Pacific Northwest Ballet principals Rachel Foster and Jonathan Porretta took their final curtain call on June 9, 2019. Photo by Lindsay Thomas, Courtesy PNB

We all know dance careers are temporary. But this season, it feels like we're saying goodbye to more stars than usual.

Many have turned to social media to share their last curtain calls, thoughts on what it feels like to say farewell to performing, and insights into the ways that dancing has made them who they are. After years of dedicating your life to the studio and stage, the decision to stop dancing is always an emotional one. Each dancer handles it in their own way—whether that means cheekily admitting to having an existential crisis, or simply leaving with no regrets about what you did for love.

We will miss these dancers' performances, but can't wait to see what awaits each in their next chapters.

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Mills coaching Miki Kawamura and Alvin Tovstogray. Photo by Amy Haley, Courtesy OKCB.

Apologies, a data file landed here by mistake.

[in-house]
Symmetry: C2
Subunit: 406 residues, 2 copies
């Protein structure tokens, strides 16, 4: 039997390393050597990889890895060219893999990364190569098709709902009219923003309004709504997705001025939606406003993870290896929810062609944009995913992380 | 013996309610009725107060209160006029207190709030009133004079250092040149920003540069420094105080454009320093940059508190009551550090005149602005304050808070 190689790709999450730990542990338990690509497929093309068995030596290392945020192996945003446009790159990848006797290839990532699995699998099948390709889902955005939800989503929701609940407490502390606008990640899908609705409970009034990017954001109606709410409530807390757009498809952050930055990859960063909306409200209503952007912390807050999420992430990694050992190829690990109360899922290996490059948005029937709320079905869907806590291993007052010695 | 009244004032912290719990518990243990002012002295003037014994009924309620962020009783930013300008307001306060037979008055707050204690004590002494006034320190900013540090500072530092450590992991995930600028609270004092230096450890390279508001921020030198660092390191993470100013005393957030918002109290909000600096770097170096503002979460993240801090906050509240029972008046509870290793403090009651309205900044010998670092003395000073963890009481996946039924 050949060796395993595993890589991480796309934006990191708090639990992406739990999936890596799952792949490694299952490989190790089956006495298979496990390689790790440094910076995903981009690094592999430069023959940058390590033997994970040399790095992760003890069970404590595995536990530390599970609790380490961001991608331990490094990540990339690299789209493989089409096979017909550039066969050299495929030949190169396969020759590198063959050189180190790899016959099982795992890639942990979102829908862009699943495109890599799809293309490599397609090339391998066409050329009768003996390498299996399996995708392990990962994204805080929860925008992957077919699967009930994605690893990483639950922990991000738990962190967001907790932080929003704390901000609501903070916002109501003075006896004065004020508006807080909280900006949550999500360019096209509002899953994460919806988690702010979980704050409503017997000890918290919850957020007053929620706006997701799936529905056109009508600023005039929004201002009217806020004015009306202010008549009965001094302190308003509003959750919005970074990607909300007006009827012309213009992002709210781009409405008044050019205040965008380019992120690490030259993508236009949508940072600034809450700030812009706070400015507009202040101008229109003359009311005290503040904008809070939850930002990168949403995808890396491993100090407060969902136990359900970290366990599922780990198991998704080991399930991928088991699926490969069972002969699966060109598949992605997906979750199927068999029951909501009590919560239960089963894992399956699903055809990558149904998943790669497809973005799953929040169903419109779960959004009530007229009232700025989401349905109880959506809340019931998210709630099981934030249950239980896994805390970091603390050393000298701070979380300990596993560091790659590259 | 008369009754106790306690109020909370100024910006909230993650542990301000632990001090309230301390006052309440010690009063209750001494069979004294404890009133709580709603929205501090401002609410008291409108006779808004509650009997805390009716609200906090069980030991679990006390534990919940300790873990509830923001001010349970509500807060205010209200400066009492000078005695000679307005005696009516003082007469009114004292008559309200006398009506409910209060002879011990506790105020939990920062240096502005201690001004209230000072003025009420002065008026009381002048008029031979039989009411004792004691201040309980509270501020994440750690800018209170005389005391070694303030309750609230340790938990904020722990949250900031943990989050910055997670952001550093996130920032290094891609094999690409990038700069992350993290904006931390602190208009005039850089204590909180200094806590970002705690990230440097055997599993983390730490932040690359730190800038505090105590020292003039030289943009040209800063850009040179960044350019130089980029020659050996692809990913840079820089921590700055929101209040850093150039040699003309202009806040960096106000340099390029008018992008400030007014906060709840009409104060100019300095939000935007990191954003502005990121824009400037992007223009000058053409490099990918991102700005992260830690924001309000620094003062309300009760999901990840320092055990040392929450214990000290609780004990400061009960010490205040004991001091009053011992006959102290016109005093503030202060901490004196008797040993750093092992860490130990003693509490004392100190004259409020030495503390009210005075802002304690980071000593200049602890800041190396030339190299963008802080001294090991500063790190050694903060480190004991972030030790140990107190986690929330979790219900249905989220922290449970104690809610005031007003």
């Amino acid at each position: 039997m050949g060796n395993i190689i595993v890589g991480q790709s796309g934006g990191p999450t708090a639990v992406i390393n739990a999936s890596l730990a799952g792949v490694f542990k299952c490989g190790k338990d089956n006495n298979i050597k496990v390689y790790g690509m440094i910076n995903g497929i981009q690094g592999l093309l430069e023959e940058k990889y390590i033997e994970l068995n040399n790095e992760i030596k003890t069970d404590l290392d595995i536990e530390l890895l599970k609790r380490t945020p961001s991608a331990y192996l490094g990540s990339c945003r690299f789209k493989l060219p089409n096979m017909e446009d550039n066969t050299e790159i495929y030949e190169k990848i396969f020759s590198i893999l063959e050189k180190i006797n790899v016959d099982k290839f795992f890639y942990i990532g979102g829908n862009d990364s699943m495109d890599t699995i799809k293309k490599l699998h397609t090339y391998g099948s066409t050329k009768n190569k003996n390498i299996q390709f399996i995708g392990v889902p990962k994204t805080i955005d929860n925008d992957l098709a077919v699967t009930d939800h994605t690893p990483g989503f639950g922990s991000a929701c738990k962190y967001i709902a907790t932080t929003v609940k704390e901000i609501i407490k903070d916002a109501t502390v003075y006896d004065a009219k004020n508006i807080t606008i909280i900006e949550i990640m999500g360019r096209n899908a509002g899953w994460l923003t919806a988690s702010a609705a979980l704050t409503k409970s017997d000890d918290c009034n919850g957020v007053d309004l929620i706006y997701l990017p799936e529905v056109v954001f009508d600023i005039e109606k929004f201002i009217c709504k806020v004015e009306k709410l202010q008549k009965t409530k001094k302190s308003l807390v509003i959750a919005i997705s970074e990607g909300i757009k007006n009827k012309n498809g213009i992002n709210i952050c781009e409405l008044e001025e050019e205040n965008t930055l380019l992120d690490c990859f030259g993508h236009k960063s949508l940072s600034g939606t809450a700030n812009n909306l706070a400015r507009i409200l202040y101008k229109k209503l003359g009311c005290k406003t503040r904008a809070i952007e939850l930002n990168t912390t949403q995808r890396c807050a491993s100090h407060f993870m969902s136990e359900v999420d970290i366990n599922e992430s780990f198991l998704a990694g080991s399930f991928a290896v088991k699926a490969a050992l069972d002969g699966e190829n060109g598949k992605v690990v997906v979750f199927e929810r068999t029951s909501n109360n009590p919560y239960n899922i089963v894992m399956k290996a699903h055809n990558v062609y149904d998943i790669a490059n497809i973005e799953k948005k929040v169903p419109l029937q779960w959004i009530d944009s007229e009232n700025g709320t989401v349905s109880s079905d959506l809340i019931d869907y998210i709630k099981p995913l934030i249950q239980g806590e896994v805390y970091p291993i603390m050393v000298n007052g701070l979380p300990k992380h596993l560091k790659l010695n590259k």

Some might call it bravado. Others would say fightin' spirit. When Robert Mills grabbed the reins of a struggling Ballet Oklahoma in 2008, the company was at a crossroads: To sink under a $400,000 deficit or to merge with Tulsa Ballet.

“I wanted to show them what ballet could really do for this community," says Mills of how he approached the city's heavy hitters with a third option. His stump speech—“Why Oklahoma City Needs Its Own Ballet Company"—helped pull the organization back from the brink.

After off-loading some company property to settle the debt—a costume warehouse, as well as their studios, which were sold to an energy company that is ultimately donating space back to them—Mills started fresh. The troupe got a new name, Oklahoma City Ballet, and a new mission.

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